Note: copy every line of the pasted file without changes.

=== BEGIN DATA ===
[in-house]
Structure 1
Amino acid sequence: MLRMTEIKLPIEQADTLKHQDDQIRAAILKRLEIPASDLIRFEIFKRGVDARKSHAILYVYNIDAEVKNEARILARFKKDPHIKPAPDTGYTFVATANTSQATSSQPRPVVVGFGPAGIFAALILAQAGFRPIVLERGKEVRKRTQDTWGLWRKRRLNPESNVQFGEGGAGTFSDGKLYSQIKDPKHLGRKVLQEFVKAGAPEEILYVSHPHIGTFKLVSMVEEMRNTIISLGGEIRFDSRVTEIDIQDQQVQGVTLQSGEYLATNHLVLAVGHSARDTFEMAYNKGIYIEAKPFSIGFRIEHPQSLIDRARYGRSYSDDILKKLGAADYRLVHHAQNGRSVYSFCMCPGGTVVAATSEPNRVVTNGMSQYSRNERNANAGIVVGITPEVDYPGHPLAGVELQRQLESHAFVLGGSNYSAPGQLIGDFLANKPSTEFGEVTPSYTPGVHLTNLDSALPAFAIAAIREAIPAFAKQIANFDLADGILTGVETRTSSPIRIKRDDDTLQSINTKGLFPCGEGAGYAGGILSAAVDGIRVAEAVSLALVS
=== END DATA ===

[in-house]
Structure 1
Amino acid sequence: MLRMTEIKLPIEQADTLKHQDDQIRAAILKRLEIPASDLIRFEIFKRGVDARKSHAILYVYNIDAEVKNEARILARFKKDPHIKPAPDTGYTFVATANTSQATSSQPRPVVVGFGPAGIFAALILAQAGFRPIVLERGKEVRKRTQDTWGLWRKRRLNPESNVQFGEGGAGTFSDGKLYSQIKDPKHLGRKVLQEFVKAGAPEEILYVSHPHIGTFKLVSMVEEMRNTIISLGGEIRFDSRVTEIDIQDQQVQGVTLQSGEYLATNHLVLAVGHSARDTFEMAYNKGIYIEAKPFSIGFRIEHPQSLIDRARYGRSYSDDILKKLGAADYRLVHHAQNGRSVYSFCMCPGGTVVAATSEPNRVVTNGMSQYSRNERNANAGIVVGITPEVDYPGHPLAGVELQRQLESHAFVLGGSNYSAPGQLIGDFLANKPSTEFGEVTPSYTPGVHLTNLDSALPAFAIAAIREAIPAFAKQIANFDLADGILTGVETRTSSPIRIKRDDDTLQSINTKGLFPCGEGAGYAGGILSAAVDGIRVAEAVSLALVS